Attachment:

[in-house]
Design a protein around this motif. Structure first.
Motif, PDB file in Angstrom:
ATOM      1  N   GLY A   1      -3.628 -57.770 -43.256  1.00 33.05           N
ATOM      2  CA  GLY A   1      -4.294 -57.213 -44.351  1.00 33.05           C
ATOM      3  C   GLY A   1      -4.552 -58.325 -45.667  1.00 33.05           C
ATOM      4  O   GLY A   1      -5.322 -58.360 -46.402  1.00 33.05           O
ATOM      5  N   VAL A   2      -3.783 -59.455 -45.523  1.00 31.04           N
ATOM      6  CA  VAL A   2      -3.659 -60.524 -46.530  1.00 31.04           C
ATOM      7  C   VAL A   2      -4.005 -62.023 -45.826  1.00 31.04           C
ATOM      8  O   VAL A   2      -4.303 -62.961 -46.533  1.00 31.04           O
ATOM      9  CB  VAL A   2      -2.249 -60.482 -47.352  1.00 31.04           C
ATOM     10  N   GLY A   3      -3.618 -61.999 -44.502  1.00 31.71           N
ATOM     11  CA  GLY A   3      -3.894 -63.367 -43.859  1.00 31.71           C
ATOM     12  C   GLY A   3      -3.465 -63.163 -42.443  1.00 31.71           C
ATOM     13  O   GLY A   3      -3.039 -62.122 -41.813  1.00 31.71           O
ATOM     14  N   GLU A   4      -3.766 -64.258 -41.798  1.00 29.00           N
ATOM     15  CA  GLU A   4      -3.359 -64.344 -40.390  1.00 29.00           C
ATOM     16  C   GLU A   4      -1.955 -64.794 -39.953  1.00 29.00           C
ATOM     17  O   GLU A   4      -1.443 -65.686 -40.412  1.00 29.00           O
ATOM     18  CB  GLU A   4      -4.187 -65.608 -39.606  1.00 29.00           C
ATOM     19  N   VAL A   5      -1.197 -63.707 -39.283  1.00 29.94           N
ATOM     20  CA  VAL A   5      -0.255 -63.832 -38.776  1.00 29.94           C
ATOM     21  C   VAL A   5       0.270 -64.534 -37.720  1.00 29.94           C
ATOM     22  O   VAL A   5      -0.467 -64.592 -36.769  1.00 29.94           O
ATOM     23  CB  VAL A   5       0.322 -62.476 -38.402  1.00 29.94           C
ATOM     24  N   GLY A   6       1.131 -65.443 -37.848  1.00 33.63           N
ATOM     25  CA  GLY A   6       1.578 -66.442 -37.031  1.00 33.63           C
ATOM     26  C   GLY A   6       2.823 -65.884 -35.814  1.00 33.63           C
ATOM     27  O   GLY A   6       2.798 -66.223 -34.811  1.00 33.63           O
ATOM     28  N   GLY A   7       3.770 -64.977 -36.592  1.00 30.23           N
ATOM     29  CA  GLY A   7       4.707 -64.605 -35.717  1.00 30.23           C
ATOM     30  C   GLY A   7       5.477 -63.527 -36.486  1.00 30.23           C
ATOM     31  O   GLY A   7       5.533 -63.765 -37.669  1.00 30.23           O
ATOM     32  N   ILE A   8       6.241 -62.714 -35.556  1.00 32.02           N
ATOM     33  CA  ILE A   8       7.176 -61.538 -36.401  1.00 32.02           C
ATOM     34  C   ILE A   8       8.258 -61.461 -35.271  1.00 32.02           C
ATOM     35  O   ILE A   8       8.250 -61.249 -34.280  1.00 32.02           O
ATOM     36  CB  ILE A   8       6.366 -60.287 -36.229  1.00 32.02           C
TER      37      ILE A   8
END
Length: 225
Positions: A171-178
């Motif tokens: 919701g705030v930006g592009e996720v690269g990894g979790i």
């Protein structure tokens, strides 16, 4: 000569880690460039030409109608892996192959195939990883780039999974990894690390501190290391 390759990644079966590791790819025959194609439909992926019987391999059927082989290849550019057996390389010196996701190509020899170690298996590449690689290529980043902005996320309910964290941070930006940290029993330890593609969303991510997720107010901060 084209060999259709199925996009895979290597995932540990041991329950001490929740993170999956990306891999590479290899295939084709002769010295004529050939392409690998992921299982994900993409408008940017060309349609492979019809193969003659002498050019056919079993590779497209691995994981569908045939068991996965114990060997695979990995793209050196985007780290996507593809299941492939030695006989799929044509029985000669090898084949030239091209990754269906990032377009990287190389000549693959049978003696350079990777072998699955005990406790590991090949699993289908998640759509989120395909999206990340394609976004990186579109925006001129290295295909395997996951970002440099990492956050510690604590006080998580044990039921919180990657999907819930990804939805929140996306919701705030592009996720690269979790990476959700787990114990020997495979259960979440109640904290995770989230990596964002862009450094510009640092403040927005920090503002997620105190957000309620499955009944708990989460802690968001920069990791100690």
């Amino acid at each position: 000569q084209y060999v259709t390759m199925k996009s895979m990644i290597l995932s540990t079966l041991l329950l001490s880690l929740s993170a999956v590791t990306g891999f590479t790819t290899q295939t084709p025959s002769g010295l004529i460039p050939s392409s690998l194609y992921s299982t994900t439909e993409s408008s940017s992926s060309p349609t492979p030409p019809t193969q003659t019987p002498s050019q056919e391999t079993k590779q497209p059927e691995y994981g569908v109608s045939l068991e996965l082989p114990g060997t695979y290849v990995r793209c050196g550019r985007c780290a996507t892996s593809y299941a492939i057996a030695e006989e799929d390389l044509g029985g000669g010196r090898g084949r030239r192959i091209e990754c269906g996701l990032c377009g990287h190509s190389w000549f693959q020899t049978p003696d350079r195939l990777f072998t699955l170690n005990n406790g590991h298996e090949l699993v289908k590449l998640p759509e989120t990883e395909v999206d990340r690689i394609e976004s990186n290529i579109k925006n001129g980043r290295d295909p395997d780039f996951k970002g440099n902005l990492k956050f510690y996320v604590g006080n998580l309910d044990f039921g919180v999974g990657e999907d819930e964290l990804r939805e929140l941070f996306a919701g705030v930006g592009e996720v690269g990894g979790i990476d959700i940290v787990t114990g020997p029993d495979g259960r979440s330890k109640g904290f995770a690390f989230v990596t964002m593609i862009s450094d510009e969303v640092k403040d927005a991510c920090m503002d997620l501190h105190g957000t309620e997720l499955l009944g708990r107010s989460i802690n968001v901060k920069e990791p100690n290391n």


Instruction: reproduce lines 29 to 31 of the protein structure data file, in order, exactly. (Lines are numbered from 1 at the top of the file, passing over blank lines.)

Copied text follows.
ATOM     26  C   GLY A   6       2.823 -65.884 -35.814  1.00 33.63           C
ATOM     27  O   GLY A   6       2.798 -66.223 -34.811  1.00 33.63           O
ATOM     28  N   GLY A   7       3.770 -64.977 -36.592  1.00 30.23           N